The 2010–14 Portuguese financial crisis was part of the wider downturn of the Portuguese economy that started in 2001 and possibly ended in 2016–17. The period from 2010 to 2014 was probably the hardest and more challenging part of the entire economic crisis; this period includes the 2011–14 international bailout to Portugal and was marked by an intense austerity policy, intenser than in any other period of the wider 2001–17 crisis. Economic growth stalled in Portugal in 2001–02; following years of internal economic crisis, the (international) Great Recession started to hit Portugal in 2008 and eventually led to the country being unable to repay or refinance its government debt without the assistance of third parties. To prevent an insolvency situation in the debt crisis, Portugal applied in April 2011 for bail-out programs and drew a cumulated €78.0 billion from the International Monetary Fund (IMF), the European Financial Stabilisation Mechanism (EFSM), and the European Financial Stability Facility (EFSF). Portugal exited the bailout in May 2014, the same year that positive economic growth re-appeared following three years of recession. The government achieved a 2.1% budget deficit in 2016 (the lowest since the restoration of democracy in 1974) and in 2017 the economy grew 2.7% (the highest growth rate since 2000).Greece and Ireland also went into a debt crisis in 2010. Together the debt crises in these three countries marked the start of the European sovereign debt crisis.

2012–13 Cypriot financial crisis

The 2012–2013 Cypriot financial crisis was an economic crisis in the Republic of Cyprus that involved the exposure of Cypriot banks to overleveraged local property companies, the Greek government-debt crisis, the downgrading of the Cypriot government's bond credit rating to junk status by international credit rating agencies, the consequential inability to refund its state expenses from the international markets and the reluctance of the government to restructure the troubled Cypriot financial sector.On 25 March 2013, a €10 billion international bailout by the Eurogroup, European Commission (EC), European Central Bank (ECB) and International Monetary Fund (IMF) was announced, in return for Cyprus agreeing to close the country's second-largest bank, the Cyprus Popular Bank (also known as Laiki Bank), imposing a one-time bank deposit levy on all uninsured deposits there, and possibly around 48% of uninsured deposits in the Bank of Cyprus (the island's largest commercial bank). A minority proportion of it held by citizens of other countries (many of whom from Russia), who preferred Cypriot banks because of their higher interest on bank account deposits, relatively low corporate tax, and easier access to the rest of the European banking sector. This resulted in numerous insinuations by US and European media, which presented Cyprus as a 'tax haven' and suggested that the prospective bailout loans were meant for saving the accounts of Russian depositors. No insured deposit of €100,000 or less would be affected.Nearly one third of Rossiya Bank's cash ($1 billion) was frozen in Cypriot accounts during this crisis.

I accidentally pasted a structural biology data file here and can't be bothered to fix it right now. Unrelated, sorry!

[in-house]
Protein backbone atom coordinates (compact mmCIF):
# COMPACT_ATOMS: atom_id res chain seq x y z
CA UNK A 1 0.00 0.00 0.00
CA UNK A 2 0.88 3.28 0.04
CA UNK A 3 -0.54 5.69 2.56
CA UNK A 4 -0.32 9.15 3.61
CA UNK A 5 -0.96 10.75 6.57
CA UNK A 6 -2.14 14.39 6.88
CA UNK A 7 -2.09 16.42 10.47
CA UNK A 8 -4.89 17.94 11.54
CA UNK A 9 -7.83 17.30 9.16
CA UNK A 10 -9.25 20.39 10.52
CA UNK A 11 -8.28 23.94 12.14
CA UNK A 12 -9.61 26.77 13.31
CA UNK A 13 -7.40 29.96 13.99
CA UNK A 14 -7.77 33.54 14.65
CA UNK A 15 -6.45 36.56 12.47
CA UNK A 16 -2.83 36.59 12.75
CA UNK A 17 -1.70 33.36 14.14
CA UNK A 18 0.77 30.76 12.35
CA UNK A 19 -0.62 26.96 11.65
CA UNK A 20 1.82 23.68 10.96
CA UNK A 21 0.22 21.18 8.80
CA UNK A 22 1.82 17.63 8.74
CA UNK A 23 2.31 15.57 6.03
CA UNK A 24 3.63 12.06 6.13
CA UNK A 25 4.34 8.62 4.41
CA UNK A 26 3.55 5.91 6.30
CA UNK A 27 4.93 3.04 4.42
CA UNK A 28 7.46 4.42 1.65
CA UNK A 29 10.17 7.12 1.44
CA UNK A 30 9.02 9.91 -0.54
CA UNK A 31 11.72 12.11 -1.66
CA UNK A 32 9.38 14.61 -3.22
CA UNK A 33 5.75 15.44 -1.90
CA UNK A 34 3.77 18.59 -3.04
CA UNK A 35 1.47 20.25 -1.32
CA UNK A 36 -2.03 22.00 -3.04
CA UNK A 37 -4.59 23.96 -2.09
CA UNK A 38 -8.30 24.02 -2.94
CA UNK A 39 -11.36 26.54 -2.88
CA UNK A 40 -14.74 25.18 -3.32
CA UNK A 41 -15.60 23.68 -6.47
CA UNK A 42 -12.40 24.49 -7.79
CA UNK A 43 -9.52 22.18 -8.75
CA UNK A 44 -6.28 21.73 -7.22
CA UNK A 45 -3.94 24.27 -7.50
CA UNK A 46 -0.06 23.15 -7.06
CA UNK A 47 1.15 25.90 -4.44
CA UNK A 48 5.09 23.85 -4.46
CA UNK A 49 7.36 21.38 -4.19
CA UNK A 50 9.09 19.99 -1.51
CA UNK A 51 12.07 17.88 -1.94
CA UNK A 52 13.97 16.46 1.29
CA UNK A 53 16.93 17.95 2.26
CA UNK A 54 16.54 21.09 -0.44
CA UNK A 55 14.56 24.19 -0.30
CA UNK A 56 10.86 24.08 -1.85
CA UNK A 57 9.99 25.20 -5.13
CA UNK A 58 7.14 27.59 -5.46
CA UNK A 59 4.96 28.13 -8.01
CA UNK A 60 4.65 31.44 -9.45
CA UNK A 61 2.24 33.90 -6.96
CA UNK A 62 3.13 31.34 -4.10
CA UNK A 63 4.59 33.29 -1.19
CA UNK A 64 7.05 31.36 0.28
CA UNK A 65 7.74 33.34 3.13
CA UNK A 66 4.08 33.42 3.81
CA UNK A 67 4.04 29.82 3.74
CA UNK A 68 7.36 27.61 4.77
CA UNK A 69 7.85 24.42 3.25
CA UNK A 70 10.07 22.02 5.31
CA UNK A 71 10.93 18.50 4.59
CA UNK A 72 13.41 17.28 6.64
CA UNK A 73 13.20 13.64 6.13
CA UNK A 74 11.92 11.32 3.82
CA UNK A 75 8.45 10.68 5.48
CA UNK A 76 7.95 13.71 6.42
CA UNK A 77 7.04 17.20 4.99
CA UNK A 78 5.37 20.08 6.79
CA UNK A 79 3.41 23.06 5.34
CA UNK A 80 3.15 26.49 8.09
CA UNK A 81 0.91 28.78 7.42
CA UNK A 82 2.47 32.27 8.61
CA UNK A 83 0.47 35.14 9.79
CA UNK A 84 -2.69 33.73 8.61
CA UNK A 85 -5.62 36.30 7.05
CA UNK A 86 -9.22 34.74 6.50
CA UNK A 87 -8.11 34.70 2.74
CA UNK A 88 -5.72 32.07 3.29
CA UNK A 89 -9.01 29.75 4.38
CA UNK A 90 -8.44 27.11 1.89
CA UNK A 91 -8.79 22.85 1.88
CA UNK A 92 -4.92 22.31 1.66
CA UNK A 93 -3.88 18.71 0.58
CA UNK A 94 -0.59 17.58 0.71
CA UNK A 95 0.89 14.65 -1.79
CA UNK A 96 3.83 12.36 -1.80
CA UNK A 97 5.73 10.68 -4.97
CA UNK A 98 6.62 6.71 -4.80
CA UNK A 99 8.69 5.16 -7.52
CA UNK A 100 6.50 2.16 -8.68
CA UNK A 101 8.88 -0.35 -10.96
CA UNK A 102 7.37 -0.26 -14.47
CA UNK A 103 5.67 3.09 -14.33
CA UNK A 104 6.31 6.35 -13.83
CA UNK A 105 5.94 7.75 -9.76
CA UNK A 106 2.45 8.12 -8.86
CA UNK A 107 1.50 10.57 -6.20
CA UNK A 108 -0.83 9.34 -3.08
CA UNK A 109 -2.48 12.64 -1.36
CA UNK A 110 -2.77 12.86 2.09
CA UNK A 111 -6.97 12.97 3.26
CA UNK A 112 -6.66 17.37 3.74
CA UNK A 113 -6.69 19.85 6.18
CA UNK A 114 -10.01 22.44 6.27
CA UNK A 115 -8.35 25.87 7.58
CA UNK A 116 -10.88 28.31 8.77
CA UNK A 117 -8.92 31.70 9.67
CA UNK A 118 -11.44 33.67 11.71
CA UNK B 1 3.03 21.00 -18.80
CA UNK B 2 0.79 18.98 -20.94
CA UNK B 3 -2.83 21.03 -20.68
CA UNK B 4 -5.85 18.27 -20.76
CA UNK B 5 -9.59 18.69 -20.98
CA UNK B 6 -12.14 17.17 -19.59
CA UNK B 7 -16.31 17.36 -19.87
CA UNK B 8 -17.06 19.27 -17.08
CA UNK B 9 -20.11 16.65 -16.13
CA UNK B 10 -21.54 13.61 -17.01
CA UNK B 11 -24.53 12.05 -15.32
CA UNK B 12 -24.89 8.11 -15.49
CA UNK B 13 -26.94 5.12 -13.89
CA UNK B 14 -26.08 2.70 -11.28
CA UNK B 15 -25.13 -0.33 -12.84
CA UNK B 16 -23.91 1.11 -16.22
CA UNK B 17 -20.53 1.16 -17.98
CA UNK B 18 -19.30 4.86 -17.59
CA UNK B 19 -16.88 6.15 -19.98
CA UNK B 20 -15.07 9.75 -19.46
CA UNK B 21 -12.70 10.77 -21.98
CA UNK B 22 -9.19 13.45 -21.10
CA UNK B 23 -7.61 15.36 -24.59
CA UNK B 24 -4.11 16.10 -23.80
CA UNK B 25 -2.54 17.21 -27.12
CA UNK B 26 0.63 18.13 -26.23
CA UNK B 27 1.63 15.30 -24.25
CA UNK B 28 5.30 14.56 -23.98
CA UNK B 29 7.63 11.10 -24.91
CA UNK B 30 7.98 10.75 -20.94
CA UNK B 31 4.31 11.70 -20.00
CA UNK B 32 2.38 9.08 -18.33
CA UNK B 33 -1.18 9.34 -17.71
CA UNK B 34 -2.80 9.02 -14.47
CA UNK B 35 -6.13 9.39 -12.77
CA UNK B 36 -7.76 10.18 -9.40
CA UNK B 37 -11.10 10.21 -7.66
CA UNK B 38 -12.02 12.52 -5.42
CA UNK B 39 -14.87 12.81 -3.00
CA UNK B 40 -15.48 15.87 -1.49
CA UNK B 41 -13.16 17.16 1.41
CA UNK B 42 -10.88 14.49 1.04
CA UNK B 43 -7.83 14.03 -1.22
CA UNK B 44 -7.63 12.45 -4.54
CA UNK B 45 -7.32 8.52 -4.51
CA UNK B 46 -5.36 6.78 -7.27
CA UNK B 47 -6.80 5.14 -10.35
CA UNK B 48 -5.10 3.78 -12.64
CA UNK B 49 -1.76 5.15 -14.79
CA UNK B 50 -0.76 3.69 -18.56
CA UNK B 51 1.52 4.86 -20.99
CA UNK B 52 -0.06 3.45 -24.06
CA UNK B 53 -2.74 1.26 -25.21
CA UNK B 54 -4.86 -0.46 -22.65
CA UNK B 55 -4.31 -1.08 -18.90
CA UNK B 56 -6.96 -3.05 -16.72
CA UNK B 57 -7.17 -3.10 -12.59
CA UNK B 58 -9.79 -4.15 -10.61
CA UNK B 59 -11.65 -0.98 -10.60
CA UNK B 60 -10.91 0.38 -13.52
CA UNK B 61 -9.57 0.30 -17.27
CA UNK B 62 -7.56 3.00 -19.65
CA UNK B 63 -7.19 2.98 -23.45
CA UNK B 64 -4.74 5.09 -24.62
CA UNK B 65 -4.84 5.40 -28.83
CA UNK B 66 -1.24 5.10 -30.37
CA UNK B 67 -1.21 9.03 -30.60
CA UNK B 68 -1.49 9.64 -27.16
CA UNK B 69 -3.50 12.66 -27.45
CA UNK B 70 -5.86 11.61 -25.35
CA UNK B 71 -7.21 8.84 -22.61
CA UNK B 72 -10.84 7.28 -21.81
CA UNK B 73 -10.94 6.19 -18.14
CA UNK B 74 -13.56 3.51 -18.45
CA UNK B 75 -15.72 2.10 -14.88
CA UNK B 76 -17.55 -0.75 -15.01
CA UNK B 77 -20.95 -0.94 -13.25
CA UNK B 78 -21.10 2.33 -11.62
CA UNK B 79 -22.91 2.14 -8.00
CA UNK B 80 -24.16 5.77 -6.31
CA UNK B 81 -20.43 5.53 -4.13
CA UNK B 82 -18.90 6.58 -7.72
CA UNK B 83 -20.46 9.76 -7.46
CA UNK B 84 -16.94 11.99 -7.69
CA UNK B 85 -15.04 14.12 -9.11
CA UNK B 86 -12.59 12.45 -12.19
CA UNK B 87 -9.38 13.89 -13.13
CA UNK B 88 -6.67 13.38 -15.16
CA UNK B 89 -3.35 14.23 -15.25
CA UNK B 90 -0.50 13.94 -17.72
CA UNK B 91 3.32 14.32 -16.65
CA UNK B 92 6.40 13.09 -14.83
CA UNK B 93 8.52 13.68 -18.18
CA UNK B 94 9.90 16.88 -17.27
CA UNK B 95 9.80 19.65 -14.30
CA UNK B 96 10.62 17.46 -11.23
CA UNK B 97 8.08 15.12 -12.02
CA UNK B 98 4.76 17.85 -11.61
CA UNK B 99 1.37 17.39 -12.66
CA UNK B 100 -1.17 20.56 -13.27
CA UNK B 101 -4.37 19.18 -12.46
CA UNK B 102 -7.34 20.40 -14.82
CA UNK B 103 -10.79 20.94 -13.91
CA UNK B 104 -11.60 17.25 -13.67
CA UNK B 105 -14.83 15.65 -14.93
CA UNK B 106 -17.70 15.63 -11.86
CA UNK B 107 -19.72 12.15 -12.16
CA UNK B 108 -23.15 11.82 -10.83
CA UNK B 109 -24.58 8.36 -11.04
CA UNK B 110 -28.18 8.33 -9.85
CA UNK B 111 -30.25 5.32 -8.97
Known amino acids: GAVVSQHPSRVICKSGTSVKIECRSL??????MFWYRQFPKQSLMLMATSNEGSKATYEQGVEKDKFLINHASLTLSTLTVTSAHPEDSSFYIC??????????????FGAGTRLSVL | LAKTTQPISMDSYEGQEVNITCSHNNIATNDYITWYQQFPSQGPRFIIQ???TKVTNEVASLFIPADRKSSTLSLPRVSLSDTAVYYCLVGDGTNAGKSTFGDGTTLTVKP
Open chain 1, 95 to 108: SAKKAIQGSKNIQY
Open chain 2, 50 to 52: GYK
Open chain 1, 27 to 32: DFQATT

Anglo Irish Bank

Anglo Irish Bank was an Irish bank headquartered in Dublin from 1964 to 2011. It began to wind down after nationalisation in 2009.

In July 2011 Anglo Irish merged with the Irish Nationwide Building Society, forming a new company named the Irish Bank Resolution Corporation. Michael Noonan, the Minister for Finance stated that the name change was important in order to remove "the negative international references associated with the appalling failings of both institutions and their previous managements".Anglo Irish mainly dealt in business and commercial banking, and had only a limited retail presence in the major Irish cities. It also had wealth management and treasury divisions. Anglo Irish had operations in Austria, Switzerland, the Isle of Man, the United Kingdom, and the United States.

The bank's heavy exposure to property lending, with most of its loan book being to builders and property developers, meant that it was badly affected by the downturn in the Irish property market in 2008. In December 2008, the Irish government announced plans to inject €1.5 billion of capital for a 75% stake in the bank, effectively nationalising it. The Dublin and London Stock Exchanges immediately suspended trading in Anglo Irish's shares, with the final closing share price of €0.22 representing a fall of over 98% from its peak.On 16 January 2009 the then Taoiseach Brian Cowen stated that it was "business as usual" at Anglo Irish Bank, and people should be reassured that the bank is solvent. Between June and September 2009, the Minister for Finance provided €4 billion in capital. In a statement on 30 March 2010, a day before Anglo Irish Bank reported its financial results, the Minister Of Finance Brian Lenihan announced an injection of €8.3 billion into the bank, noting that a further €10 billion may be required at a later stage to cover future losses and ensure an adequate capital base.

Since the nationalization of Anglo Irish Bank a number of controversies have arisen over certain business practices and loans, including loans to directors and loans to people associated with Brendan Murtagh, EMPG, and the QUINN group.